Greater depression severity is indicative of less favorable psychosocial determinants for physical activity compared with individuals with mild and moderate depressive symptoms, according to findings published in Psychology of Sport and Exercise.
Researchers conducted a randomized controlled trial that included physically inactive adults (N=215) diagnosed with major depressive disorder. Study patients were recruited between January 2019 and October 2021 from 4 psychiatric clinics in Switzerland. The study patients were assessed for psychosocial determinants of physical activity using 7 questionnaires concerning volitional and motivational physical activity aspects. A computer-based Single Target Implicit Association Test measured implicit attitudes towards physical activity.
Among the study patients (mean, 41±13 years of age; 53% women) with major depressive disorder, the group reporting more severe depression symptomology (n=52) showed less favorable psychosocial determinants for negative outcome expectancies, action planning, self-efficacy, perceived barriers, intention, coping planning, external motivation, introjected motivation, and intrinsic motivation compared with the groups reporting mild (n=89) and moderate (n=74) depression symptomology. The researchers did not note any significant differences in social and demographic background variables between patients with severe, moderate, and mild depression.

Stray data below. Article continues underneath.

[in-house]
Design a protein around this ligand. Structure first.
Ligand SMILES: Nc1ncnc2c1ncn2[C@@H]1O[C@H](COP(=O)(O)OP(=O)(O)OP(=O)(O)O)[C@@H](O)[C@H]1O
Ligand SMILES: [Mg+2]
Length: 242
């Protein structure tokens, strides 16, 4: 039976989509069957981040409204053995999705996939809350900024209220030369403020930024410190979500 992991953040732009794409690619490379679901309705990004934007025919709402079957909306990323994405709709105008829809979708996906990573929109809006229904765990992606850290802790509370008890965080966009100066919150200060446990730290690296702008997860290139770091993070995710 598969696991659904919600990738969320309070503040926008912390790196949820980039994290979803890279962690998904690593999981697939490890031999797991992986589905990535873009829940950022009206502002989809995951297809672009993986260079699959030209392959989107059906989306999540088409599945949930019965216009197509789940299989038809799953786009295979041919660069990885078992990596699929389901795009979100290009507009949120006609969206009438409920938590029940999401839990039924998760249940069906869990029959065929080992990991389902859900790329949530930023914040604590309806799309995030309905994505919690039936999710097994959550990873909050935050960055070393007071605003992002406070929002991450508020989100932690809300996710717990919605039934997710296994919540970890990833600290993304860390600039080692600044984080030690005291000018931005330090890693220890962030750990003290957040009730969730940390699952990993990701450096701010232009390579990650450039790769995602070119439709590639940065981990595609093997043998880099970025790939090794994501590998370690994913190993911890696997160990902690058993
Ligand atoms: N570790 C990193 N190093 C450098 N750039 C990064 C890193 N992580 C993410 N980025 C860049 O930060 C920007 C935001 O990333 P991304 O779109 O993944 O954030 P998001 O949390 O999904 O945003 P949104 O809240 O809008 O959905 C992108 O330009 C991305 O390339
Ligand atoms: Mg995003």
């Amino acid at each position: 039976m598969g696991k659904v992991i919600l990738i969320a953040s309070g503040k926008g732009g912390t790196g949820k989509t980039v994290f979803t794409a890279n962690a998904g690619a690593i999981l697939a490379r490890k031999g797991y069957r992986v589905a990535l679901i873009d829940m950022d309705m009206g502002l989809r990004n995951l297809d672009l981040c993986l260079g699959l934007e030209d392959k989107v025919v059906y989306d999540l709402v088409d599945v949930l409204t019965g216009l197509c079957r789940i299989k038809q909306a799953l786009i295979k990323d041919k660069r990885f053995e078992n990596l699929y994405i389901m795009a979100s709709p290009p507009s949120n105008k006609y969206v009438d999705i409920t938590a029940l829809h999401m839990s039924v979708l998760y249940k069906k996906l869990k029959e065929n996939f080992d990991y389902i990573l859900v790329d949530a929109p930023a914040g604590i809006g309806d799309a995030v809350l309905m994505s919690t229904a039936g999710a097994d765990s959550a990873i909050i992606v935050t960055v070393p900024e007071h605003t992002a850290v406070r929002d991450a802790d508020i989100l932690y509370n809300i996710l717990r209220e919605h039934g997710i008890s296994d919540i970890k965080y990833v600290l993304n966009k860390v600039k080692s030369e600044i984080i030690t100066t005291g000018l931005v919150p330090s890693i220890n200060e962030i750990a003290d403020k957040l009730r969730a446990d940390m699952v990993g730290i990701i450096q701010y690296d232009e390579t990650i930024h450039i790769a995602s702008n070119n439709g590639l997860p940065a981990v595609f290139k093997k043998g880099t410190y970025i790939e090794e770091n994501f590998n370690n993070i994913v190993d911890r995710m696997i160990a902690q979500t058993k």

The group reporting more severe depression also perceived more barriers for regular physical activity. It was observed that depression severity did not lead to variation in social support, positive outcome expectancies, identified and implicit attitudes towards physical activity. The most frequently used antidepressant medications among the study patients were trazadone (24%), escitalopram (19%), and vortioxetine (17%), and 27% received antipsychotic medication.
Patients with severe symptom severity reported higher negative outcome expectancies, lower physical activity-related self-efficacy, less motivation, weaker intention to engage in additional physical activity, lower levels of physical activity and coping planning, and more perceived barriers compared with those who had mild and moderate severity.
No significant differences between positive outcome expectancies and social support according to severity of depression could be found.
Study authors concluded, “Psychosocial determinants of physical activity do vary according to depression severity,” and that depression severity is a potential moderator of intervention effects. They continue, “[T]aking depression severity into account seems particularly meaningful when tailoring behavioral interventions to explicit psychosocial determinants of physical activity.”
Cody R, Beck J, Brand S, et al. Depression severity and psychosocial determinants of physical activity behavior in inpatients with major depressive disorders. Psychol Sport Exerc. Published online September 15, 2022. doi:10.1016/j.psychsport.2022.102294